On an issue that has often divided some in the pro-life movement, the cardinal also appeared to favour the use of graphic abortion images -- "images which portray the horror of abortion" -- in public education campaigns. “One must observe that we have a habit in society today to use language which helps us to avoid the reality about which we are speaking,” he said.

“Certainly one must be careful not to use graphic images for the sake of being graphic,” Cardinal Burke added. “On the other hand, our fellow citizens should know what an abortion actually is. Images of the act of abortion or the results of abortion, when carefully presented to the public, can help the public, in general, to recognize the grave evil which besets us and to take appropriate action.”

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Lisa Bourne

‘You can’t have’ marriage equality ‘without polygamy’

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By Lisa Bourne

July 3, 2015 (LifeSiteNews) – Motivated by the U.S. Supreme Court ruling legalizing homosexual “marriage,” a Montana polygamist has filed for a second marriage license, so he can be legally wed to two women at once.

"It's about marriage equality," said Nathan Collier, using homosexual advocates’ term to support marriage redefinition. "You can't have this without polygamy."

Collier, who has has appeared on the TLC reality show Sister Wives with his legal wife Victoria, and his second wife Christine, said he was inspired by the dissent in the Supreme Court decision.

The minority Supreme Court justices said in Friday’s ruling it would open the door to both polygamy and religious persecution.

“It is striking how much of the majority’s reasoning would apply with equal force to the claim of a fundamental right to plural marriage,” wrote Chief Justice John Roberts.

Collier and his wives applied for a second marriage license earlier this week at the Yellowstone County Courthouse in Billings, a report from the Salt Lake Tribune said.

Collier, who was excommunicated from the Mormon Church for polygamy, married Victoria in 2000 and had a religious wedding ceremony with Christine in 2007. The three have seven children between them and from previous relationships.

"My second wife Christine, who I'm not legally married to, she's put up with my crap for a lot of years. She deserves legitimacy," Collier said.

Yellowstone County officials initially denied the application before saying they would consult with the County Attorney and get him a final answer.

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Bigamy, the holding of multiple marriage licenses, is illegal all 50 states, but Collier plans to sue if his application is denied. Officials expect to have an answer for him next week.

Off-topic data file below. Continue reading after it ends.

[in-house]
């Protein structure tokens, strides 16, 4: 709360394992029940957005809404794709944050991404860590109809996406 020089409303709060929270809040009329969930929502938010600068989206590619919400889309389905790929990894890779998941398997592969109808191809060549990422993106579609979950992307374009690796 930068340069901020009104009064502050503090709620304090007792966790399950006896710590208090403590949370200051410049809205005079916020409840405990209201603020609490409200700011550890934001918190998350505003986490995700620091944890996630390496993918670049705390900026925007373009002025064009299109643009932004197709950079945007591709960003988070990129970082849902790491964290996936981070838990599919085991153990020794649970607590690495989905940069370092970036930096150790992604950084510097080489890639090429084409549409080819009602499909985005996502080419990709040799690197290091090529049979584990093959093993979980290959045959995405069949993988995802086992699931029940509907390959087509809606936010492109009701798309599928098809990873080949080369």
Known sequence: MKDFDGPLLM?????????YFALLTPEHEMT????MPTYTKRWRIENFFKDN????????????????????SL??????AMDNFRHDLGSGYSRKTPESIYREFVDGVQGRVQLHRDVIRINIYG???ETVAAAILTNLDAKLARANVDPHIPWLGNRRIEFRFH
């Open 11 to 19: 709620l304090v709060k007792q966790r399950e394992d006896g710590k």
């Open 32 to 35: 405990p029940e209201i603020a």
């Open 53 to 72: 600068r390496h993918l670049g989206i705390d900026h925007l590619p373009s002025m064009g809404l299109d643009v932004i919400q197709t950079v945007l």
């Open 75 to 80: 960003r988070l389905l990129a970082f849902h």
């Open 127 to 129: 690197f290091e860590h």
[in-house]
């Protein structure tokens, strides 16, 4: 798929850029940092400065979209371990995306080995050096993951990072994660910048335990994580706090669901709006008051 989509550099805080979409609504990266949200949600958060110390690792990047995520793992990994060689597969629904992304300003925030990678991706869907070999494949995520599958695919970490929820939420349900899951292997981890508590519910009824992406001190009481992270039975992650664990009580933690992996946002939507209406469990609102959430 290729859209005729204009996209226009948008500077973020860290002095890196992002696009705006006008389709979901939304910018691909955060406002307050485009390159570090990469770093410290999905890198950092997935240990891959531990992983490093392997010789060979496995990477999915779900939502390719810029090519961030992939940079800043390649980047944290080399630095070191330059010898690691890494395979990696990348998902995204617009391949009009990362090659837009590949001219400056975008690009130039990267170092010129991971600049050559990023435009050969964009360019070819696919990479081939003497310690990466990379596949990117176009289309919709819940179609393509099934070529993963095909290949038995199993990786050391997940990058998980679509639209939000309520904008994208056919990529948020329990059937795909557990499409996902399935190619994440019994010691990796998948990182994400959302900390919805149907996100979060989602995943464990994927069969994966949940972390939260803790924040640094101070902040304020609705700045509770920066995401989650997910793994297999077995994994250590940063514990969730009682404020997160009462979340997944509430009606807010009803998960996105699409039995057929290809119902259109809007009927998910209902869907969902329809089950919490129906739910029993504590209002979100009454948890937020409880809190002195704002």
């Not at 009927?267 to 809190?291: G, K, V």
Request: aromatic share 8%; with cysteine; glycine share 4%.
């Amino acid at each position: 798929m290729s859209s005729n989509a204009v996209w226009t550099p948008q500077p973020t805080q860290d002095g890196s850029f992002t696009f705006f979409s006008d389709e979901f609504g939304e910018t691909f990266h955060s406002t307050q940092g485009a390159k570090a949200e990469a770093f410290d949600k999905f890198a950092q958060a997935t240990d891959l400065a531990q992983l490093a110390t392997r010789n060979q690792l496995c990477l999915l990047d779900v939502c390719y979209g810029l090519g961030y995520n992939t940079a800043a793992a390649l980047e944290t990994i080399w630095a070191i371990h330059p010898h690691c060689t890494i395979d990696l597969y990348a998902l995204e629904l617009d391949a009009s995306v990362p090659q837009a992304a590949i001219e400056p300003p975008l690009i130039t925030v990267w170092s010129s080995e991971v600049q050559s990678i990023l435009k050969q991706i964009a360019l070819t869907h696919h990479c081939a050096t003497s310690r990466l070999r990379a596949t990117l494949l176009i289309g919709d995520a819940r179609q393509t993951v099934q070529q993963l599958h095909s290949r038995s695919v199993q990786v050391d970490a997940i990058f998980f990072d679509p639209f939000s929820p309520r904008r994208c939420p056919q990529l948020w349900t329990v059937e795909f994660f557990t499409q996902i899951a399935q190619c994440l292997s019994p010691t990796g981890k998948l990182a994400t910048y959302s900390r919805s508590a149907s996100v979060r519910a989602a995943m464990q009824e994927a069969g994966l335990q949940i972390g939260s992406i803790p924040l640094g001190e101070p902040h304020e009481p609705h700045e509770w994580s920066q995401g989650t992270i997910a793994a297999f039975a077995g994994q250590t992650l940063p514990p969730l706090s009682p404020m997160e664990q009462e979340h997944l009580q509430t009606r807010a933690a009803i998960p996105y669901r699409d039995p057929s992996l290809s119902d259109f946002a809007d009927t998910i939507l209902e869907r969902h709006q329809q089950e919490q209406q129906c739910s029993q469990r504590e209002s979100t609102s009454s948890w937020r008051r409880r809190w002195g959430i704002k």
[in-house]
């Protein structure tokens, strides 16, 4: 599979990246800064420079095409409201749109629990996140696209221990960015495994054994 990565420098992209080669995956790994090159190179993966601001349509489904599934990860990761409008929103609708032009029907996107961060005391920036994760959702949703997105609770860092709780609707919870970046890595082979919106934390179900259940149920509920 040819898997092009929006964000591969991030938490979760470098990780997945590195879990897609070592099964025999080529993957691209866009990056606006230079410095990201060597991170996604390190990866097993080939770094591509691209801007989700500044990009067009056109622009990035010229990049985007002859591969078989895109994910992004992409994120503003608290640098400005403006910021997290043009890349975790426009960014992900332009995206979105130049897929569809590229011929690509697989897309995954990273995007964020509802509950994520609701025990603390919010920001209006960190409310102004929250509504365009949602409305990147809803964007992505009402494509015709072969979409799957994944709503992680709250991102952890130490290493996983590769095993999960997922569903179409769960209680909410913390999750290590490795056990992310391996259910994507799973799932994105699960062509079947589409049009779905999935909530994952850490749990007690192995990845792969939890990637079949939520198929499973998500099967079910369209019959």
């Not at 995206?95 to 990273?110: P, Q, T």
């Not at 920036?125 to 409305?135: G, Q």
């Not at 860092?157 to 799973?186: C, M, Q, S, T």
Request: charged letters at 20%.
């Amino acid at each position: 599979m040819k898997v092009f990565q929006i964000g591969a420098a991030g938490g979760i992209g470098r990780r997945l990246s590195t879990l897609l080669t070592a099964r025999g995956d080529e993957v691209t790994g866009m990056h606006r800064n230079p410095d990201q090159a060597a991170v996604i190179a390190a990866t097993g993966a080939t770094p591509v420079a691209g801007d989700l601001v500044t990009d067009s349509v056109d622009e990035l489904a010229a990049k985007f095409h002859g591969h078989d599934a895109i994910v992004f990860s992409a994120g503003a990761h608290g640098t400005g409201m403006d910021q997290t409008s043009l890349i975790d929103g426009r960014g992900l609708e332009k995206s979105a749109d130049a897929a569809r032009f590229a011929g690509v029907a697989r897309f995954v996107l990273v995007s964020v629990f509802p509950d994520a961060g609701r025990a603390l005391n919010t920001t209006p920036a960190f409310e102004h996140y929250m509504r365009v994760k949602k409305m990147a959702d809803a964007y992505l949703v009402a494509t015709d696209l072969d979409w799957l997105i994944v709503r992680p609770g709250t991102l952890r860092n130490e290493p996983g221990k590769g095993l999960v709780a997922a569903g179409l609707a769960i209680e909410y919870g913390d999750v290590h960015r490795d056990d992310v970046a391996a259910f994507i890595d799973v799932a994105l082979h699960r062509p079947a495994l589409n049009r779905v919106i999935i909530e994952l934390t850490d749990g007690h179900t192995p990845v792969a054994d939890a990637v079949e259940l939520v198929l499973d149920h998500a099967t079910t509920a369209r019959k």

While homosexual “marriage” supporters have long insisted legalization of same-sex unions would not lead to polygamy, pro-life and family advocates have warned all along it would be inevitable with the redefinition of marriage.

“The next court cases coming will push for polygamy, as Chief Justice John Roberts acknowledged in his dissent,” said Penny Nance, president of Concerned Women for America, after the Supreme Court ruling. “The chief justice said “the argument for polygamy is actually stronger than that for ‘gay marriage.’ It’s only a matter of time.”

In a piece from the Washington Times, LifeSiteNews Editor-in-Chief and the co-founder of Voice of the Family John-Henry Westen stated the move toward legal polygamy is “just the next step in unraveling how Americans view marriage.”

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Chris Christie: Clerks must perform same-sex ‘marriages’ regardless of their religious beliefs

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By Ben Johnson

TRENTON, NJ, July 3, 2015 (LifeSiteNews) – Chris Christie is not known for nuance. This time, he has turned his fiery personality loose on county clerks and other officials who have religious objections to performing same-sex “marriages.”

In a tone usually reserved for busting teachers' unions, Christie told clerks who hold traditional values, “You took the job, and you took the oath.” He would offer no exemption for an individual whose conscience would not allow him to participate in a union the vast majority of the world's religions deem sinful.

“When you go back and re-read the oath it doesn’t give you an out. You have to do it,” he said.

He told a reporter that there “might” be “individual circumstances” that “merit some examination, but none that come immediately to mind for me.”

“I think for folks who are in the government world, they kind of have to do their job, whether you agree with the law or you don’t,” the pugnacious governor said.

Since the Supreme Court voted 5-4 to legalize homosexual “marriage” last Friday, elected officials have grappled with how to safeguard the rights of those who have deeply held religious beliefs that would not allow them to participate in such a ceremony.